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New User - Trailing Stops

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Hello All,


I am a first time user on IG. I have been using different platforms over the last few years and IG has a few small differences which I am trying to get to grips with. Perhaps someone can help.


Trailing stops. I've used them extensively over the years but I have never had to caculate the distance to market manually. This is a little confusing for me as when the market is open and you have you price and then you set your stop. The delta between the two is the distance to market. All platforms I have used so far caculate this for you as its binary. So if the price is 110p and you stop is 100 p, then the distance only can be (fixed) 10p. Trailing step is the variable, which I have no problems with

If it only can be a certain figure, then Im not sure how IG can allow you to set an arbitary (variable) figure.

Any ideas?



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Hey - so a trailing stop with IG has two values


The stop distance: how far your stop is away

The step: how far the market needs to move before it drags it up 


For example if your buy price was 250 and you had a stop 10 points away with a 3 point step, it would mean your stop was initially at 240, and every time the market moves up 3 points your stop will be dragged up. So the market moves to 251, 252, and then at 253 your stop is pulled up to 243. 

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Hi ,  I found this confusing as well, SB platform has 2 values for a stop order but the pic indicates this platform has 3, and it seems to imply that after you have put in the entry level (not shown) then you need add the stop level and then also add the stop distance but these two numbers must be related so why the need for two inputs.  adds they have no problem with the step value input.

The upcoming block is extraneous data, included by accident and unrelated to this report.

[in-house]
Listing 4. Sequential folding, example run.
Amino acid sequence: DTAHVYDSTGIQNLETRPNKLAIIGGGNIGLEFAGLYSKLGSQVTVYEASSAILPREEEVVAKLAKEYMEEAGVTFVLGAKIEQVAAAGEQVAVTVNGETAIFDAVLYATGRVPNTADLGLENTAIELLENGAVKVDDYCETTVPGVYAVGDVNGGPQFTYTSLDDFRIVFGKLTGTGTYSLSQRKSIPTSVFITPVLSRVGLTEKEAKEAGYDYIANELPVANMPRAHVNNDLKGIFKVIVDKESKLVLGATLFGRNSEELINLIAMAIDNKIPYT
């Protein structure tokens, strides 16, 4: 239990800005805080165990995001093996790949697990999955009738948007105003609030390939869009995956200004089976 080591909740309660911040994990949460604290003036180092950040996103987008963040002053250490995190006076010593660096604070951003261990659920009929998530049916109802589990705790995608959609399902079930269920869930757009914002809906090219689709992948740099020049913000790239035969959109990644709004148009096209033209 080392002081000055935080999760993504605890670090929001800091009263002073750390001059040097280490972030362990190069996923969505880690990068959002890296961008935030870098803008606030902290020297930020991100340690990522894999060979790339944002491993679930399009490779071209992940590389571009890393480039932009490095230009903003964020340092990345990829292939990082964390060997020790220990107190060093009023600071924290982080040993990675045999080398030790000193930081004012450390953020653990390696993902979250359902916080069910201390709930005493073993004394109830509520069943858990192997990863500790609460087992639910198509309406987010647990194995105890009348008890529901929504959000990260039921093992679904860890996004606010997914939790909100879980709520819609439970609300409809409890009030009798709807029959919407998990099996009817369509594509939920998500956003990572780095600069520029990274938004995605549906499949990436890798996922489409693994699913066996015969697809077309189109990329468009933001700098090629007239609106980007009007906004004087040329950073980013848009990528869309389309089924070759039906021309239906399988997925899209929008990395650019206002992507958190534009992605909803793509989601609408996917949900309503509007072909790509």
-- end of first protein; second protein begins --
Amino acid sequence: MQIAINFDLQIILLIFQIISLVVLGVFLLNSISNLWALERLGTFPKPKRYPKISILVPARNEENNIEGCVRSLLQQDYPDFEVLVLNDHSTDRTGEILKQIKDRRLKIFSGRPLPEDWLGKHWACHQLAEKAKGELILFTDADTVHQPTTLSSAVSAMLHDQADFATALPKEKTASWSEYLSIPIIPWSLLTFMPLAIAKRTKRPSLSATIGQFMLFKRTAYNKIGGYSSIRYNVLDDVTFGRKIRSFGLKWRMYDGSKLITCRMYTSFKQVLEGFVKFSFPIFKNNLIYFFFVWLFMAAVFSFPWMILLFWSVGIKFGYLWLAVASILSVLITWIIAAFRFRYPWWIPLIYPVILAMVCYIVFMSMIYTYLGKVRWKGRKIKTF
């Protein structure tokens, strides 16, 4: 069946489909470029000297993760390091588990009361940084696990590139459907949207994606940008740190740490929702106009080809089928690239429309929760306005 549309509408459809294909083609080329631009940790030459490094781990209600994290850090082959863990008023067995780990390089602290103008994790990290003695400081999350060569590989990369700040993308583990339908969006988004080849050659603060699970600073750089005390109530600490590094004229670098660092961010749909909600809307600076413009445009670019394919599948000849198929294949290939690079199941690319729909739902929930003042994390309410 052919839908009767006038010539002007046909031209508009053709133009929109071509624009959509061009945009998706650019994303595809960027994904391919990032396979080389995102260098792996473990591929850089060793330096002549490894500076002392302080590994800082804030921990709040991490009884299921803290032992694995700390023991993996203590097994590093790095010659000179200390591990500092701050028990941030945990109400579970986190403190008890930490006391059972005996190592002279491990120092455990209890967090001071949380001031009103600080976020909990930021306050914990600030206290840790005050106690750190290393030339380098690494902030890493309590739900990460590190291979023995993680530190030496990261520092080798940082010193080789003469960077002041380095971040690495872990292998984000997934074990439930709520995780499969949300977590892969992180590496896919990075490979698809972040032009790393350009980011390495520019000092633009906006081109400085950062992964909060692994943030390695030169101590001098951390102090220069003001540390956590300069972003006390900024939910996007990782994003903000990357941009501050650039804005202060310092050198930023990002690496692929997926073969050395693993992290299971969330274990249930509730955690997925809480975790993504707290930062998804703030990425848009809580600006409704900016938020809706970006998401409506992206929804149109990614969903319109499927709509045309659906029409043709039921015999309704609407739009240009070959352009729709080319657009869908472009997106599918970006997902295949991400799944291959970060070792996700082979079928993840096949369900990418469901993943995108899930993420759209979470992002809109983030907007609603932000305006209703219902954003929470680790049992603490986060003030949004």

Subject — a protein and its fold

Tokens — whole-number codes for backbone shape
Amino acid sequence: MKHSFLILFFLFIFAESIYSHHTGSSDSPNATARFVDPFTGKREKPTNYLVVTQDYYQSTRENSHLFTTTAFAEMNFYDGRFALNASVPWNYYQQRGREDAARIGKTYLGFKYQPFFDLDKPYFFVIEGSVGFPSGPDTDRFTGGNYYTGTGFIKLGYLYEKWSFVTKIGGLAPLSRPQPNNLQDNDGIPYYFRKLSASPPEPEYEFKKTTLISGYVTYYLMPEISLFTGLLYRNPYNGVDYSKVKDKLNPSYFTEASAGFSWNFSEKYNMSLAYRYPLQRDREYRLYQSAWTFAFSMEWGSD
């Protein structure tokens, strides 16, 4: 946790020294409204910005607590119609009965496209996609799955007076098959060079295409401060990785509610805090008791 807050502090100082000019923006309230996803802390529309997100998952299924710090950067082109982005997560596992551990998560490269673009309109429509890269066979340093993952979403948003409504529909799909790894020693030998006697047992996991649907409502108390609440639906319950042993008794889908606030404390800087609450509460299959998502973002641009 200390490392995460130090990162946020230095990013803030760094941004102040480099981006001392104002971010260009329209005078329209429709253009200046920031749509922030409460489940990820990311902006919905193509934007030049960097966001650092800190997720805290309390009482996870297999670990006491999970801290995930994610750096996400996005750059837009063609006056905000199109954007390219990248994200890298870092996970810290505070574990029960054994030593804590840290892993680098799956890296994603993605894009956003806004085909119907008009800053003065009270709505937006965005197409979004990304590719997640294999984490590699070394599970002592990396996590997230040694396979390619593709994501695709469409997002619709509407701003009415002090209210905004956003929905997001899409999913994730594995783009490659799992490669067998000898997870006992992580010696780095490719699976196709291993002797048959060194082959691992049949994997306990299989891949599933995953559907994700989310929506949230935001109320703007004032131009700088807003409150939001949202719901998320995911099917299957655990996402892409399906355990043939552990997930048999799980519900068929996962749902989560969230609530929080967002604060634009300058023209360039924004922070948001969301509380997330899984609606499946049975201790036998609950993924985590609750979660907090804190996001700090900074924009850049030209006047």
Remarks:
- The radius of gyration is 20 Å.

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Casey, you have hit the nail on the head. There are 2 places to set the stop and the 3rd place to set the step. First one at the price and the second at the distance.

So its confusing as you can adjust both and I'm not sure if they relate to eachother in anyway.

With  'trailing' it should take away one of the stop boxes and have price 'or' distance displayed, not price and distance.

Does anyone know when you click on 'trailing' which stop box(1 or 2) actually comes into play. I can't quite see which one makes the stop move.

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Hi  & ,  ok, so from Kams pic the extra box is because it is adding a stop to a position already open, the level box is crucial and the distance box seems ... superfluous? I'm assuming the step works ok. Hopefully  can review this.


On demo;


(edit) I didn't look to see if the trailing stop was dragable to refine the setting after placing?










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Hi ,  Setting the trailing stop on the entry ticket is as normal with just 2 inputs (distance and step) but adding a trailing stop to a position already open there is the extra box for stop level. So input a wide, round numbered stop level in the first box, then the amount in points that is from the current price in the 'distance' box, then add the step component in the third box. Then go to the chart and click on the trailing stop and drag it to the required position.


Setting a trailing stop when a position is already open is the reason for the additional 'stop level' box but then the 'distance' box should not needed but if it is not filled correctly the order is rejected.

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Guest Boris2

Hello, are there any final financial penalties for adding a trailing stop to a live position?


Does it make any difference if you have an existing stop or trailing stop? For that matter what about manually tweaking a stop whilst orders are live?


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Hi ,   is correct there is no financial penalty, you can add a stop to an open position by going to 'positions', click add stop and select type.


If you want to change the type of stop on an open position then on the chart click the stop level and then the attached box with cross symbol to close it and then go to 'positions' to add another stop.


The level of both types of stop can be adjusted on the chart by drag and drop though there will be a minimum level and that can change according to the current volatility of the market. 

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